Tuesday, 12 April 2011

Oracle Apps R12 Schema Analysis

 Oracle Apps R12 Schema Analysis

Continuing on my series on analysis, here is some of the initial analysis I did after installing Oracle applications R12.  Much of the analysis involves queries to the Oracle data dictionary under the covers.  This analysis is on the sample “database”, VIS, which is actually composed of many schemas.
I also did a fair bit of analysis from a DBA standpoint: tablespaces, logs, processes, DBMS_JOBS, etc.  And other analysis on the unix and middle tier side.  Tuning.  I’ll try to keep it all organized in different posts.
When I’ve started a new position, these are the types of queries I might run on the schemas to get a feel for the systems.  Just how was it made? Does it use PK, triggers, or external code to enforce data integrity?  What are the most important tables?  What are potential performance issues? Any issues?  And so on.
Many of these queries you won’t find the GUIs like SQL Developer, or Toad.  You have to write them yourself.  It pays big dividends to know the data dictionary!
(Sorry for the odd font. WordPress has not made changing the font for select sets of text easy or obvious. If anyone knows the secret, on how to change fonts in WordPress A LA Wordpad, please let me know. )
 

 

------------------------------------------------
------------------------------------------------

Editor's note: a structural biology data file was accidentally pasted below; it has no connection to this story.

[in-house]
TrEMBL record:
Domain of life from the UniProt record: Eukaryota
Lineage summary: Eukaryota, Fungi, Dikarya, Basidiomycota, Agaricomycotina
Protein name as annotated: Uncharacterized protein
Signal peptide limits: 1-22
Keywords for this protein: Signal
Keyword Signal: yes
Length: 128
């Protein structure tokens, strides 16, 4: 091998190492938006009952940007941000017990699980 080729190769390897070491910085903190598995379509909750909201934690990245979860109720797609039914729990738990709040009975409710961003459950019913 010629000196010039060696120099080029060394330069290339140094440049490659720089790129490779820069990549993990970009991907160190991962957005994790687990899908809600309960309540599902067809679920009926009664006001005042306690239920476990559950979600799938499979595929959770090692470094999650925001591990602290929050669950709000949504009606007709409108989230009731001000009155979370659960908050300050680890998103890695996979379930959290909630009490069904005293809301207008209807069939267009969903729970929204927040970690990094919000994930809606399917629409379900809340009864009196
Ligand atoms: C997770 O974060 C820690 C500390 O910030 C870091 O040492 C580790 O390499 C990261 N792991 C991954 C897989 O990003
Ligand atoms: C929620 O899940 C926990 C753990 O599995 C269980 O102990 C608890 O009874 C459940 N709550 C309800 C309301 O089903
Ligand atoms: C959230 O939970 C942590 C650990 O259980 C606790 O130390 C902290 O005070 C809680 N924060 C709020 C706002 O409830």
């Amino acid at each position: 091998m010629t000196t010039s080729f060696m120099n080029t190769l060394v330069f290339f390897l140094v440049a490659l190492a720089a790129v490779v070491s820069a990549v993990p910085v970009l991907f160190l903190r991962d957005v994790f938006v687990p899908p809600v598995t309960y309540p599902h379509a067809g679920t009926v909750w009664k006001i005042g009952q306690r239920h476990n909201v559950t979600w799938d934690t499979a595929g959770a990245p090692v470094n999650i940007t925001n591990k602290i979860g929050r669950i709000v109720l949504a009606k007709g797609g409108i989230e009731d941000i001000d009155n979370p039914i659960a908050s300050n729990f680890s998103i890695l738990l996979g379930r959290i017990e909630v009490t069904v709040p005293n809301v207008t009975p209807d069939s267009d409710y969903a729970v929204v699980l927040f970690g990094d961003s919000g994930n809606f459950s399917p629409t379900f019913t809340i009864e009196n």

How many tables are there?

select count(*)
from dba_tables

COUNT(*)
----------
35637

------------------------------------------------
------------------------------------------------

What are the schemas, and how many OBJECTS in each schema?

select  OWNER
, count(*)
from dba_objects
group by owner
order by owner

OWNER                            COUNT(*)
------------------------------ ----------
ADS10GEUL_US                          266
AHL                                   632
AK                                    191
AMS                                  1540
AMV                                   188
AMW                                   500
AOLDEMO                                12
AP                                   1132
APPLSYS                              4122
APPLSYSPUB                             25
APPS                               193095
AR                                   3501
ASF                                    10
ASG                                   181
ASL                                    59
ASN                                     4
ASO                                   297
ASP                                    14
AST                                    38
AX                                    145
AZ                                    107
B2B                                  3812